It’s Saturday morning at Chinatown House, and sun is filtering through the windows as a growing buzz of people arrive to chat, share egg tarts, or work on a community project.
While the building at the corner of Clark and de la Gauchetière is quiet now, in a few days the entire second floor will be full of art exhibits and people as part of the Chinatown Reimagined Forum II.
Taking place this September 28-30, the Forum is organized by the JIA Foundation, a Montreal-based nonprofit dedicated to providing meaningful ways for people to connect with Chinatown. The free event is an opportunity to learn about the history of the area, celebrate heritage and resilience, and work towards thriving, sustainable Chinatowns across North America.
“Chinatowns across North America are facing similar issues: there’s real estate speculation, there’s gentrification, lack of unified city planning, and intergenerational disconnects,” explains Parker Mah, one of the co-founders of JIA.
With this in mind, the forum is bringing everyone together, including those who love the food and culture of Chinatown, organizers interested in community wellbeing, urban planners, policymakers at the Hotel de Ville, and others from across Montreal – and the continent.
To share tools to build a thriving neighbourhood and talk about cultural and economic revitalization, the Forum will offer online panel discussions in English, French, and Cantonese.
The program then invites participants to join them in the streets, with a walking tour on social justice in Chinatown, a film screening and discussion of the documentary Big Fight in Little Chinatown, and pop-up art exhibits at Chinatown House.
Among the pop-up exhibits is a collaboration with the organization Things + Time. Participants will have the chance to 3D scan artifacts using an app, adding it to an online archive. The idea is to move the power from the hands of museums to the hands of people to decide what is memorialized and is of cultural importance.
The Forum ends with a block party at Parc Sun-Yat-Sen, featuring music from Transpacific Express and Rhythm and Hues, a chance to learn and play mahjong hosted by MyChinatownMTL, drag performances from Komodo & Friends, and poetry from Chris Tse.
The Forum coincides with the Mid-Autumn Festival, a time when East and Southeast Asian communities gather with their families to eat, give thanks, and wish for good fortune under the full moon, whose round shape signifies reunion. This creates an opportunity to bring people together in a neighbourhood that has traditionally been a place of refuge for many immigrant communities.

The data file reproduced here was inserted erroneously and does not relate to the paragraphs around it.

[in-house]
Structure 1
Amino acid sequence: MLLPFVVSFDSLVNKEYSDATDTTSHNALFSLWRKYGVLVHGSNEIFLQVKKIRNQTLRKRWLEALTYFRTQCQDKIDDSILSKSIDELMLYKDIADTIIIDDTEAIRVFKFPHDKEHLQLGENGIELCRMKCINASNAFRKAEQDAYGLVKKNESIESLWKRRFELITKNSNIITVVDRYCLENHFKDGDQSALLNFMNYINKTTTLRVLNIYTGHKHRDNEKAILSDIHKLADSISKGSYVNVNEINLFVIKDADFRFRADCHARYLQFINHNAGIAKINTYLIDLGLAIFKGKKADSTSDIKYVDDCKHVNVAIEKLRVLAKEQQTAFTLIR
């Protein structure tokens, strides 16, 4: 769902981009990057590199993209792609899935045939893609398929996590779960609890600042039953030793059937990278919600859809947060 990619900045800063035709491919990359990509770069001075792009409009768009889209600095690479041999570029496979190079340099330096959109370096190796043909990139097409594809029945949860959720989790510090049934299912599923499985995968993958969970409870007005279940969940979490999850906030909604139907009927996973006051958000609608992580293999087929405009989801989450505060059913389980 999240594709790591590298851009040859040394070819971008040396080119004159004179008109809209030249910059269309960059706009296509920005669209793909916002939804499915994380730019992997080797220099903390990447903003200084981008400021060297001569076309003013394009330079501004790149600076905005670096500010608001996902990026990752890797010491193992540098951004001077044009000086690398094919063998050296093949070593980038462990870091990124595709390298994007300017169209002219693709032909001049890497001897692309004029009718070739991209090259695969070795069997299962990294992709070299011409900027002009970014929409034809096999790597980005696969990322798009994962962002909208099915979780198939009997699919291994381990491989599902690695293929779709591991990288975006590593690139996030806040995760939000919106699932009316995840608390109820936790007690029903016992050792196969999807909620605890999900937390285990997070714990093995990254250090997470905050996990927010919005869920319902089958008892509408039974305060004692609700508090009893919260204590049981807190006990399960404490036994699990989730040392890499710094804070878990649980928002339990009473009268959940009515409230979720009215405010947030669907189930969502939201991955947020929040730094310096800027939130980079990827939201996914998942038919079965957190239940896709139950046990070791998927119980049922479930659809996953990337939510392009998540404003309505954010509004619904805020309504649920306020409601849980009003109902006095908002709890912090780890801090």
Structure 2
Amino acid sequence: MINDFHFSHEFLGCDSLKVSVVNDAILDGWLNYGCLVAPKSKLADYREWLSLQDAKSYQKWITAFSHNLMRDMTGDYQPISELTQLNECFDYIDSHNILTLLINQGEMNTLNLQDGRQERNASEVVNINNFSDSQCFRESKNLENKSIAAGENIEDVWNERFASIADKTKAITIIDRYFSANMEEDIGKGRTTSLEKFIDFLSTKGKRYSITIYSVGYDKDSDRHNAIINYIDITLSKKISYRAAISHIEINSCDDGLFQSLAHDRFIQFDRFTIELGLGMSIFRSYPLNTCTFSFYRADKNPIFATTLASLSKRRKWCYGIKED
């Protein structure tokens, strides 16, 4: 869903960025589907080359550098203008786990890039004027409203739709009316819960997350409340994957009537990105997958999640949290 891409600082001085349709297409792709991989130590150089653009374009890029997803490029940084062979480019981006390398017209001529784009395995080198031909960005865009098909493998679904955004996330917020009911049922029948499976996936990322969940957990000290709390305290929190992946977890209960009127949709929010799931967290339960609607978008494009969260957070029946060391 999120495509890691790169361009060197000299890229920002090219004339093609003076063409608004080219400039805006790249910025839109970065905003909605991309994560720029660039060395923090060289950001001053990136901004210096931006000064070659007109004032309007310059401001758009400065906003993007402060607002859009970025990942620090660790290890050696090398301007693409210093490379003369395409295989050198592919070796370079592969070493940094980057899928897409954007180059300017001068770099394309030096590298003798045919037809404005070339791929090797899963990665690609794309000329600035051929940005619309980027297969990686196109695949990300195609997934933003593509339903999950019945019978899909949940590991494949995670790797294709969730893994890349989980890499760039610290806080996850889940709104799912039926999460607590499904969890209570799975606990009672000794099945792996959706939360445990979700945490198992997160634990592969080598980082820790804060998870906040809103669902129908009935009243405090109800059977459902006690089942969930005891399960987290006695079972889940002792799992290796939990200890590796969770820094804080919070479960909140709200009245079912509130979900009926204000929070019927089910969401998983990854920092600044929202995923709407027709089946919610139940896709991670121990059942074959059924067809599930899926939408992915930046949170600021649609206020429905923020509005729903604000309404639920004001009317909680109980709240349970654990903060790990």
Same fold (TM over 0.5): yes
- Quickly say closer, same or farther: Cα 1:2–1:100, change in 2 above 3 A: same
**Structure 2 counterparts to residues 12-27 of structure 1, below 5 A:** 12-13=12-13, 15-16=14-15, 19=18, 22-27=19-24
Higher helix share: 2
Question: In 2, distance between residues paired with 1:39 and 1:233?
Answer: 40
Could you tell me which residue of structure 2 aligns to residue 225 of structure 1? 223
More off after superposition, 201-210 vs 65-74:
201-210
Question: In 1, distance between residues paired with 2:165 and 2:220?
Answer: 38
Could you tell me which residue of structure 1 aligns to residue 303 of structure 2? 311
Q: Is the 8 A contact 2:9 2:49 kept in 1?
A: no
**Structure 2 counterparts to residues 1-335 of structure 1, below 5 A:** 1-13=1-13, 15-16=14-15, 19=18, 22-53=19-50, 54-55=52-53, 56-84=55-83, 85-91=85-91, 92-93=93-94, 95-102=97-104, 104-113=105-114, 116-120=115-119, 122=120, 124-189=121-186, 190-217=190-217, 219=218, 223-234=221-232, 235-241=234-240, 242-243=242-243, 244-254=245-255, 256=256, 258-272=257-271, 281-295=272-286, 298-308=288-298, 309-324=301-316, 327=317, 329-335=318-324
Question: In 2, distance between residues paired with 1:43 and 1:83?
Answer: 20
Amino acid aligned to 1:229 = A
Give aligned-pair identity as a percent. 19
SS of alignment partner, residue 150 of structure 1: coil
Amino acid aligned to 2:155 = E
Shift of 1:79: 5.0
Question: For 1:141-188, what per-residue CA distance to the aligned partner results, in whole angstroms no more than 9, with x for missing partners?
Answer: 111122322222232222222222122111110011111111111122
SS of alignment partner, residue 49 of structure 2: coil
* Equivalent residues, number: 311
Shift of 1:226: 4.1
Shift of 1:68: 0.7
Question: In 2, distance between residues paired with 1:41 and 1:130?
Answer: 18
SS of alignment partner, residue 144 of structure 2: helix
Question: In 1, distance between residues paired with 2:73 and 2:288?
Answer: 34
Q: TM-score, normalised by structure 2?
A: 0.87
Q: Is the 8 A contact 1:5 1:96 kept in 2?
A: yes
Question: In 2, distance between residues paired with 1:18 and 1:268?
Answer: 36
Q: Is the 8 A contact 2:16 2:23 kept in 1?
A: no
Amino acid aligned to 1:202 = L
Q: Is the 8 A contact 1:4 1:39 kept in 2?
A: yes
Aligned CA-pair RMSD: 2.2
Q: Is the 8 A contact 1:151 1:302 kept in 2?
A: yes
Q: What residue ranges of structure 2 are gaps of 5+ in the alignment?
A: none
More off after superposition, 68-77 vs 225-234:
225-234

“How do we stay close to the central idea of Chinatown as a place of sanctuary, for people to call home and find a sense of belonging – that’s going to be critical in discussions,” explains Jessica Chen, another co-founder of the JIA Foundation.
The timing is also right to commemorate 100 years since the Chinese Exclusion Act, passed in 1923 by the federal government to bar almost all Chinese immigration. Chinese communities were already experiencing systemic discrimination in Canada, and this Act had profoundly devastating effects, separating families for decades.
After the Act was passed, all Chinese people in Canada, including those born here, had to register and carry a CI Certificate, a photo identification specifically for Chinese people that was a constant reminder of their second-class status.
“We felt it was important for the Forum to be held in 2023. We wanted to do it this year, reflecting on how Chinatown was born out of racist policies, and moving forward, for Chinatown to continue being a sanctuary for those experiencing marginalization,” Chen explains.
“We want to make clear that the issues are not just specific to us—the issues of land expropriation in the name of urban renewal—that’s happening in many communities.” – Parker Mah
Indeed, before Montreal was written onto the map of Lower Canada, the island was known as Mooniyang to the Anishinaabe and Tiohti:áke for the Kanien’keha:ka (Mohawk). With this in mind, the Forum will start with an opening ceremony and a sharing circle, where three Indigenous leaders and two elders from the Chinese community will be in conversation around land, belonging, and solidarity between Indigenous and Chinese communities.
Recognizing that the Forum also takes place during Truth and Reconciliation Week in Canada, the intention is that the discussions in the following days will be grounded in recognition of being on unceded territory.
In Mandarin, jia (家) is a word that refers both to family and home. More than a physical space, it is something that offers refuge and belonging. “We are called the JIA Foundation because we want people to figure out what that sense of belonging means,” says Jessica.
What does Montreal’s Chinatown symbolize then, and what can it become beyond transactional exchanges between customers and bubble tea shops? How will Chinatown look like if more of us considered it a part of our home, particularly now that it has been granted official heritage status in Quebec?
Between the music, film, art, and dialogs happening at the Forum, the hope is that a reimagined Chinatown will start to crystallize.
More information on the Chinatown Reimagined Forum can be found here.